We review the denial of a § 2255 motion de novo, while examining the district court's factual findings for clear error. Nagi v. United States, 90 F.3d 130, 134 (6th Cir.1996). For McPherson to prevail, the record must reflect a fundamental defect that resulted in a complete miscarriage of justice or an egregious error that violated due process. See id. at 133-34. The district court should hold a prompt hearing on a § 2255 motion, "[u]nless the motion and the files and records of the case conclusively show that the prisoner is entitled to no relief." 28 U.S.C. § 2255. The decision to deny such a motion without a hearing is reviewed for an abuse of discretion on appeal. Kowalak v. United States, 645 F.2d 534, 537 (6th Cir.1981).
McPherson filed only a general objection to the magistrate judge's report. Consequently, he has waived his first five claims by failing to raise a specific challenge to the magistrate judge's recommendation that they be dismissed. See Miller v. Currie, 50 F.3d 373, 380 (6th Cir.1995); United States v. Walters, 638 F.2d 947, 949-50 (6th Cir.1981).
In his remaining claim, McPherson alleged that he was denied the effective assistance of counsel because his attorney did not file a direct appeal, even though he had asked counsel to do so. To establish the ineffective assistance of counsel, a criminal defendant normally must show that his attorney's performance was deficient and that he was prejudiced by counsel's alleged errors. See Strickland v. Washington, 466 U.S. 668, 687 (1984). However, prejudice is presumed when a case involves the "[a]ctual or constructive denial of the assistance of counsel altogether." Id. at 692. Moreover, this type of Sixth Amendment claim is not subject to a harmless error analysis. See Rodriquez v. United States, 395 U.S. 327, 330 (1969).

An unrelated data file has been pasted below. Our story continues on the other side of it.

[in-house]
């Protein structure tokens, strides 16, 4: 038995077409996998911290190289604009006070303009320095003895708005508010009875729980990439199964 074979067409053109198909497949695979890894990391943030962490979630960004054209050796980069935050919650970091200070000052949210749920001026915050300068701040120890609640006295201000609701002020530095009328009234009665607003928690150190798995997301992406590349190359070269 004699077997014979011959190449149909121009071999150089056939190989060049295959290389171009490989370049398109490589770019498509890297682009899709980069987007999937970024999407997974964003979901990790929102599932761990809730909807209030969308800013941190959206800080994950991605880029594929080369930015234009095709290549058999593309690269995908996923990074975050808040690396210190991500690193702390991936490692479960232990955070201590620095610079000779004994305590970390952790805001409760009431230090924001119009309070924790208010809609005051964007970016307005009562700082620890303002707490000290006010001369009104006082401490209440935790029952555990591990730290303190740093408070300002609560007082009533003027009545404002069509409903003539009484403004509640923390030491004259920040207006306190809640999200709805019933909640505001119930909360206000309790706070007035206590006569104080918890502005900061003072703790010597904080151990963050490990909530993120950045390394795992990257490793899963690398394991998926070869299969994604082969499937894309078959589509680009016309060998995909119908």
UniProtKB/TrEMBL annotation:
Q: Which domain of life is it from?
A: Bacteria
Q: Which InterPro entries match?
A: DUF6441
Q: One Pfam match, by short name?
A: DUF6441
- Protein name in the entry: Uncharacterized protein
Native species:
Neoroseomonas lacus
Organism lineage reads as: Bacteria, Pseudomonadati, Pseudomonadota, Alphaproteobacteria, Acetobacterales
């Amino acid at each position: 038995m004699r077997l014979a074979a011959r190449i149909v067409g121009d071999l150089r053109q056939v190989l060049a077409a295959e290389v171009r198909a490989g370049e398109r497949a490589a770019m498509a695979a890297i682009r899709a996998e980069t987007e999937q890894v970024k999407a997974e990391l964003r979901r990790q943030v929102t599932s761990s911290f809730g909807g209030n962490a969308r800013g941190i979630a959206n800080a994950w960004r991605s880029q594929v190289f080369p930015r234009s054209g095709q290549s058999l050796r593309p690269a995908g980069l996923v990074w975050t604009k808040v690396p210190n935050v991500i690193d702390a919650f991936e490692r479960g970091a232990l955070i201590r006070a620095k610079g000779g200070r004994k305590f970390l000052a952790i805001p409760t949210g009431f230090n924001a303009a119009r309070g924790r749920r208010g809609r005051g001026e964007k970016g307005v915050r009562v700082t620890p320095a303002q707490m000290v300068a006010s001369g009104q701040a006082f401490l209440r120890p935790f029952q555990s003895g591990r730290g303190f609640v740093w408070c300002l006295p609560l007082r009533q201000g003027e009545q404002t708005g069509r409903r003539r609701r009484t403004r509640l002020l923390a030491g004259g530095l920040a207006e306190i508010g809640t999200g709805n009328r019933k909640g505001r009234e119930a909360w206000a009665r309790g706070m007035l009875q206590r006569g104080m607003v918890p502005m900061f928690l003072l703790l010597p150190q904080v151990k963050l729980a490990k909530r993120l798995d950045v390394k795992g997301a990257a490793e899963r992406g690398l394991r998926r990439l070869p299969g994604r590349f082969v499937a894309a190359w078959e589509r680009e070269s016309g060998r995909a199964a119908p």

In Rodriquez, the Supreme Court held that a showing of prejudice was not required when counsel's ineffectiveness had resulted in the loss of a defendant's right to a direct appeal. Id. at 329-30. The courts have continued to apply this holding, even though it predates Strickland. See, e.g., United States v. Stearns, 68 F.3d 328, 329-30 (9th Cir.1995); United States v. Nagib, 56 F.3d 798, 801 (7th Cir.1995); Romero v. Tansy, 46 F.3d 1024, 1030-31 (10th Cir.), cert. denied, 115 S.Ct. 2591 (1995); United States v. Peak, 992 F.2d 39, 41-42 (4th Cir.1993); Estes v. United States, 883 F.2d 645, 648-49 (8th Cir.1989). Our court has continued to follow Rodriquez as well. McKinney v. United States, No. 93-5344, 1994 WL 28480, at * 1 (6th Cir. Feb. 1, 1994) (unpublished, per curiam); United States v. Pankey, Nos. 88-5045 & 88-6197, 1989 WL 78939, at * 4-6 (6th Cir. July 18, 1989) (unpublished, per curiam).